Robert Samuel Fletcher, in his history of Oberlin College, gives Mary Jane Patterson the distinction of being "probably the first African Negro woman in the world" to attain the distinction of receving an A.B. degree. Without question, however, Patterson was the first African American woman to receive a bachelor's degree when she graduated from Oberlin College in 1862. Fletcher continues his history:
"Miss Patterson was born in Raleigh, North Carolina, and was brought to Oberlin in her early youth by her parents, probably fugitive slaves. She studied one year in the Preparatory Department and four years in the College before graduation. Upon receiving her degree she went to Philadelphia where she taught in the "Institute for Colored Youths" for seven years. In 1869 she went to Washington to teach and in 1871 became the first colored principal of the newly-established Preparatory High School for Negroes. She held the position until 1884, except for one year, and did much to build up the institution... After the appointment of a Negro man as her successor she continued as a teacher in the school until her death in 1894."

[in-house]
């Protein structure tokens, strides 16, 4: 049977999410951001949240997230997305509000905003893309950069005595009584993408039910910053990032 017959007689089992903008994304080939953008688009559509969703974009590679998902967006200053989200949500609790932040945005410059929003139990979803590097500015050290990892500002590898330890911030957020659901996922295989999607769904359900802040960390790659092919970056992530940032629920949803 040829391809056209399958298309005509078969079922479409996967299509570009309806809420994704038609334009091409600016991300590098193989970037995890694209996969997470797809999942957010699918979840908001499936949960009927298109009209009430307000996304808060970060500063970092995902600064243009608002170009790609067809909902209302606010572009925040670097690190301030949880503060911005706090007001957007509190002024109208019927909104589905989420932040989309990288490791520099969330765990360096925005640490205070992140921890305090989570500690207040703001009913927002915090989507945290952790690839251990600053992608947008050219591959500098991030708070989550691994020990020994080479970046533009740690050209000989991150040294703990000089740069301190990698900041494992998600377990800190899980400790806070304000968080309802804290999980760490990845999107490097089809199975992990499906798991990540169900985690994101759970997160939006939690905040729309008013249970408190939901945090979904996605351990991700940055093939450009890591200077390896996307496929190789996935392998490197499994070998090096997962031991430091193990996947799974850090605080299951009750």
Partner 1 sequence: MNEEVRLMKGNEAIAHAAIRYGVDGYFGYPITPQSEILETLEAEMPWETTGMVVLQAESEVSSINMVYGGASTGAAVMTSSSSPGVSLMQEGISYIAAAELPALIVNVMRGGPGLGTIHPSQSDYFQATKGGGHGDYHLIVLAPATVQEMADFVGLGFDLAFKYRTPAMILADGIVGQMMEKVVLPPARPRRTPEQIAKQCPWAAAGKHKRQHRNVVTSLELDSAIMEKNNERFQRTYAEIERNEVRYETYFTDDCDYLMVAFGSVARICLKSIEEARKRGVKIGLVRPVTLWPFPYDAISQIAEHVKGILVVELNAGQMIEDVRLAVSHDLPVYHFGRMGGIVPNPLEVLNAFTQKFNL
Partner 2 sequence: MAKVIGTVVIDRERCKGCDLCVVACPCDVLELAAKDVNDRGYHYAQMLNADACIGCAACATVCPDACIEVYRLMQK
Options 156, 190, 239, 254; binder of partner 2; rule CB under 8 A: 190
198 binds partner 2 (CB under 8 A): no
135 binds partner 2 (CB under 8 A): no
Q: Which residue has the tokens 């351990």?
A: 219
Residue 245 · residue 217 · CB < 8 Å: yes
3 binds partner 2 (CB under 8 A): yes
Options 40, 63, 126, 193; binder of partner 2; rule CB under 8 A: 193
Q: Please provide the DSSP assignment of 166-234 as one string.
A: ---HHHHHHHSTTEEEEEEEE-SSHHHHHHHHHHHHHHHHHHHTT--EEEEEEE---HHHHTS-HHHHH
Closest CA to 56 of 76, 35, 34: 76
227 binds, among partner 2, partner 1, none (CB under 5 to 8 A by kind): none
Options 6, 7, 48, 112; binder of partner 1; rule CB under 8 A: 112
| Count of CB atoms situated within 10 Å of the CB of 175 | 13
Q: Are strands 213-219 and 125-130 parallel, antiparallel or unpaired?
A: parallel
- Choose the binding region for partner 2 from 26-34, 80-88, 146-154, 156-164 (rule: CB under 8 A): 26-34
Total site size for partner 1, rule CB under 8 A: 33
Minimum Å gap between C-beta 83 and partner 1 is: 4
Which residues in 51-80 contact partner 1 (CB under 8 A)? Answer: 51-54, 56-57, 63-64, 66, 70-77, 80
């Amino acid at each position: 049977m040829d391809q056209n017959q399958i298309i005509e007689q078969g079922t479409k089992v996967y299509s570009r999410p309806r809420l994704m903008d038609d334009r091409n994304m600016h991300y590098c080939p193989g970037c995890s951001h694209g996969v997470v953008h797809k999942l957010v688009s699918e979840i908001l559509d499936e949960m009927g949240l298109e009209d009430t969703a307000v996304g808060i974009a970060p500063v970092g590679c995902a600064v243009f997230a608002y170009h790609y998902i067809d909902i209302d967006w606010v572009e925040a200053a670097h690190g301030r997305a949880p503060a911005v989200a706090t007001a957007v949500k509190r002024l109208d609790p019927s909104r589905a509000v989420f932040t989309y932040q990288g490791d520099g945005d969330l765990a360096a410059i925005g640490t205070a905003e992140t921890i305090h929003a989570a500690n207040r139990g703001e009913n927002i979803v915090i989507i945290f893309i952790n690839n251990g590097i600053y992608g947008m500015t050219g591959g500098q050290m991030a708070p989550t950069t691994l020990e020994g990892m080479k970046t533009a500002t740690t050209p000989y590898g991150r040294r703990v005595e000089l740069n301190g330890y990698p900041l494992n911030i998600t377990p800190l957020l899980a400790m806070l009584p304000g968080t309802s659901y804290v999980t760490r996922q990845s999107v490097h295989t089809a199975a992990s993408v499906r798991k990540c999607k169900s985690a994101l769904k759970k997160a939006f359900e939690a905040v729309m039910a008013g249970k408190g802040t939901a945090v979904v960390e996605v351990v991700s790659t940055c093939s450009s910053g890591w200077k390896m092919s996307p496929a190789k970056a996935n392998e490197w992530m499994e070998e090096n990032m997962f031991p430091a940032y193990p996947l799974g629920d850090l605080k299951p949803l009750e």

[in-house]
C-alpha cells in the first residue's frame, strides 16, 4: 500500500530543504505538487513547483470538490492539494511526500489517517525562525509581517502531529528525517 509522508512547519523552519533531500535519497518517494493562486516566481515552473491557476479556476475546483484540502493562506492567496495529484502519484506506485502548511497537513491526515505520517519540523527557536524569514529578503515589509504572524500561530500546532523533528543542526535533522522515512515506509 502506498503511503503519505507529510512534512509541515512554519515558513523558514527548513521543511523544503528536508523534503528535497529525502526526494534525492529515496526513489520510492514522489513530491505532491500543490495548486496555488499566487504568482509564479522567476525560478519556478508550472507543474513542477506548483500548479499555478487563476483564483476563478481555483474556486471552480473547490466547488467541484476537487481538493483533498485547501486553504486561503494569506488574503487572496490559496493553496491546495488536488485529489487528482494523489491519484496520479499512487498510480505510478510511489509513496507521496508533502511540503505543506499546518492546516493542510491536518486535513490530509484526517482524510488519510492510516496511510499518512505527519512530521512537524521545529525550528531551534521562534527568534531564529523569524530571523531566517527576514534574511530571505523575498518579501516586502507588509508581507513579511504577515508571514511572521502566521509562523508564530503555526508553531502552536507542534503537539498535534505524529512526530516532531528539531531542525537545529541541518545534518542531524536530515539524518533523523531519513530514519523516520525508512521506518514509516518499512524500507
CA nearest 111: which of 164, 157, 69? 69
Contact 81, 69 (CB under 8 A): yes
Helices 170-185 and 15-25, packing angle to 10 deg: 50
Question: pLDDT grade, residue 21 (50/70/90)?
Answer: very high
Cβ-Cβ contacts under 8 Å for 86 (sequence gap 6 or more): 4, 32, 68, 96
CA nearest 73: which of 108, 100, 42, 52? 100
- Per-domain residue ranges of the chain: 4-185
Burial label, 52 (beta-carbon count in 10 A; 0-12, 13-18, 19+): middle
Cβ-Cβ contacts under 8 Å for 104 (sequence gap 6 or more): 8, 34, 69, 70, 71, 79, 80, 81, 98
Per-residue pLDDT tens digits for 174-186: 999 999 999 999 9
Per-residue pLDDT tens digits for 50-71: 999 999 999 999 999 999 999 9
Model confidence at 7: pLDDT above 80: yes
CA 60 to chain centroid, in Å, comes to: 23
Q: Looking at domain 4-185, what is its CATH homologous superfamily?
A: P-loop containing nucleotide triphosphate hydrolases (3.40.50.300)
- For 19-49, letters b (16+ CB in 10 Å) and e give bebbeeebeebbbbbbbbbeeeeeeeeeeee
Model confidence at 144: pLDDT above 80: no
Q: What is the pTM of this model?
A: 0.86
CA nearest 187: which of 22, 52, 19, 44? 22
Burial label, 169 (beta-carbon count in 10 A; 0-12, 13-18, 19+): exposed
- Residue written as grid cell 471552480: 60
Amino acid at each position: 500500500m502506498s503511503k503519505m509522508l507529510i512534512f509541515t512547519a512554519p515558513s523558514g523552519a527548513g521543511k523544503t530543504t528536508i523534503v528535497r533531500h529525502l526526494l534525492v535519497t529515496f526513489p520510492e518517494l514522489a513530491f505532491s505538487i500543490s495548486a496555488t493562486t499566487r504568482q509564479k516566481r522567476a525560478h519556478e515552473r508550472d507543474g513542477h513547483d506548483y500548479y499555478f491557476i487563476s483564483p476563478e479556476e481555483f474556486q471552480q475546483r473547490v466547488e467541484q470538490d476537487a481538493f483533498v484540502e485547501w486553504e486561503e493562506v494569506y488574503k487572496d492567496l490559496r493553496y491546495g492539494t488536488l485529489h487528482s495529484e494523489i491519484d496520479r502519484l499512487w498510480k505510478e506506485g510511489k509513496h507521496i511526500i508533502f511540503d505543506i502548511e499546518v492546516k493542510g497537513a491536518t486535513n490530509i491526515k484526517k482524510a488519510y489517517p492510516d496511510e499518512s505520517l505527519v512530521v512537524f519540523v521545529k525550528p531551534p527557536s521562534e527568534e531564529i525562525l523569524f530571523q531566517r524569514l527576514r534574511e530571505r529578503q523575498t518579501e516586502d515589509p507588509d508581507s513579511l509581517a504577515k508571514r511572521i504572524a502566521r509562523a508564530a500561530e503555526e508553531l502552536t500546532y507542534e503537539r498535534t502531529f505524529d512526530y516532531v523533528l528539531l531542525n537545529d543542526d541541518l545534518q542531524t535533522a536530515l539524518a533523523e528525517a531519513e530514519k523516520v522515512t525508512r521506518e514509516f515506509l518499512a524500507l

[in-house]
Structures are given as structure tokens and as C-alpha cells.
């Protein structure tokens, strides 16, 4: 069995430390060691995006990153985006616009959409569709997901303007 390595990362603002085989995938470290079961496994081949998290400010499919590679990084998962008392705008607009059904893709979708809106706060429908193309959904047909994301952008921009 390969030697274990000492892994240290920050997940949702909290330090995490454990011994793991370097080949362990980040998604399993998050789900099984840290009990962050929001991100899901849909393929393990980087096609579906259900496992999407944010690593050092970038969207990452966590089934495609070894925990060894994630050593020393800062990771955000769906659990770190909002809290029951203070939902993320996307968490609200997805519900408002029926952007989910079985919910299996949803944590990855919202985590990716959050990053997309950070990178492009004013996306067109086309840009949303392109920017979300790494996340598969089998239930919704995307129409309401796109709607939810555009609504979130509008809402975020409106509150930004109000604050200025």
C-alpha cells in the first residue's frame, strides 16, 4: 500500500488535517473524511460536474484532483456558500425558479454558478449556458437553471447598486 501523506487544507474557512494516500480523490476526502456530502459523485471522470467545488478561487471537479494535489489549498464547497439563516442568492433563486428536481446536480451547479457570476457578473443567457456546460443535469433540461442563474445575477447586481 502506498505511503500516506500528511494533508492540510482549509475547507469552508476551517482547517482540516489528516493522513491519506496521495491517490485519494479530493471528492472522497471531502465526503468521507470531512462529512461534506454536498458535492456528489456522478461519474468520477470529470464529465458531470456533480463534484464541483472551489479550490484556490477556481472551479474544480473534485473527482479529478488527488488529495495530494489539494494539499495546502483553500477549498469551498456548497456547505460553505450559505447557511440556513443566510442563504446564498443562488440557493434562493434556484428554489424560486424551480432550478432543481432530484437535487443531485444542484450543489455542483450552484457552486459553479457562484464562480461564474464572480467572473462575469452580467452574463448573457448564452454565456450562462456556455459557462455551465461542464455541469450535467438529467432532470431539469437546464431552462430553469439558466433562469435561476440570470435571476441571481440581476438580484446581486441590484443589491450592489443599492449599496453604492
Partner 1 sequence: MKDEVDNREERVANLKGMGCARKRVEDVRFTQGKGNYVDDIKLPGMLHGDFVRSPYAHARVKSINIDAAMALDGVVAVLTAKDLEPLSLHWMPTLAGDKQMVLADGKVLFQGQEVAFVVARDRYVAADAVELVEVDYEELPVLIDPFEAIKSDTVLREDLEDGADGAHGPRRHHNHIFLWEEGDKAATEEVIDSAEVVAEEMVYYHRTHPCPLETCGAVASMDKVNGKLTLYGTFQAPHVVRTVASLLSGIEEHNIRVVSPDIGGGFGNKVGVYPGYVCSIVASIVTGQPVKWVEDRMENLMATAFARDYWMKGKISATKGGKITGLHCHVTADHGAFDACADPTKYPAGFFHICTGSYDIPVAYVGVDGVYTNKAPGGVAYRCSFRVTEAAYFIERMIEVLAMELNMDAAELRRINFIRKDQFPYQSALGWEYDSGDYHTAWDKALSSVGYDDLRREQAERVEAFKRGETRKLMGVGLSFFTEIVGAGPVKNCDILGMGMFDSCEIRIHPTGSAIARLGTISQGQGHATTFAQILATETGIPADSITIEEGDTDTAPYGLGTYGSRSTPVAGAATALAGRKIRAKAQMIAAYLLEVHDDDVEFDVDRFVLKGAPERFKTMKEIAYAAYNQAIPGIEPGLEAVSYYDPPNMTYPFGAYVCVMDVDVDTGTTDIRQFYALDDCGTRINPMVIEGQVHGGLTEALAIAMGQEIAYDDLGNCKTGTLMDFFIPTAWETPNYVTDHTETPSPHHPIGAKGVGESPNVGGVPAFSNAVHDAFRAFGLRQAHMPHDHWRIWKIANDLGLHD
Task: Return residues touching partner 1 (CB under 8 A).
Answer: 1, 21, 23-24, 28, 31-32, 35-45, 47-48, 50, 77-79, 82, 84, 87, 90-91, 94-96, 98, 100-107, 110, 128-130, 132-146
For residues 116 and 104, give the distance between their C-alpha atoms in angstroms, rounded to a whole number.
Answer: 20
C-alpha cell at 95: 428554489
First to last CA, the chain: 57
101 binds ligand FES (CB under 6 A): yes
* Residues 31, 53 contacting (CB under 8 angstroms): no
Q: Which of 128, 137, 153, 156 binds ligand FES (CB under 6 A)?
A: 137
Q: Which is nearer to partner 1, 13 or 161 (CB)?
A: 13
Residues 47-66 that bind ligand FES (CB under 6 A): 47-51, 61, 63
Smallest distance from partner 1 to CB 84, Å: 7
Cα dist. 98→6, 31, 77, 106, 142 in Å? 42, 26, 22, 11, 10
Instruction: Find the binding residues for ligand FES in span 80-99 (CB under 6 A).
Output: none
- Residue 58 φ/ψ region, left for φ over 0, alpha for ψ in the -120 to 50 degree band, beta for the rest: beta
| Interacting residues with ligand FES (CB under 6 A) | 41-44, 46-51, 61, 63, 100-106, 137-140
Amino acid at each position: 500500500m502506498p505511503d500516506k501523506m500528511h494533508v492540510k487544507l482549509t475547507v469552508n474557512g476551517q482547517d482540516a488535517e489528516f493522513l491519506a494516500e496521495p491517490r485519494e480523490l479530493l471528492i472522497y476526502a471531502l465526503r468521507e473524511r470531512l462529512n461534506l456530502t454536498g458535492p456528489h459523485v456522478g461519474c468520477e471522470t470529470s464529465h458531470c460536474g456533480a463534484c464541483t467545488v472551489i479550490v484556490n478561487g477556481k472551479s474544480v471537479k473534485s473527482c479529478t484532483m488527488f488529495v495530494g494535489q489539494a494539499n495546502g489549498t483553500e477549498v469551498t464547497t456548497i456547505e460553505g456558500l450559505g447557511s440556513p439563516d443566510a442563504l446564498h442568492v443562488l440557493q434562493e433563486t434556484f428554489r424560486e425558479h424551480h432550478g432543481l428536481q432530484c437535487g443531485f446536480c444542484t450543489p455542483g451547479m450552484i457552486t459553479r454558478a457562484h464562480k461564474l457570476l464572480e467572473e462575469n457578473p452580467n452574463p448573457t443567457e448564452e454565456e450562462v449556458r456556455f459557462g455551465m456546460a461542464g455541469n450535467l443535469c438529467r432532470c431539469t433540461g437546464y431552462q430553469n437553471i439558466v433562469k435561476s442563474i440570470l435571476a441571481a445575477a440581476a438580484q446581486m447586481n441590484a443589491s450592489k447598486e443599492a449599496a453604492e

(Fletcher, A History of Oberlin College -- From its Foundation through the Civil War , Volume II, Oberlin, Ohio: Oberlin College, 1943, 534-535)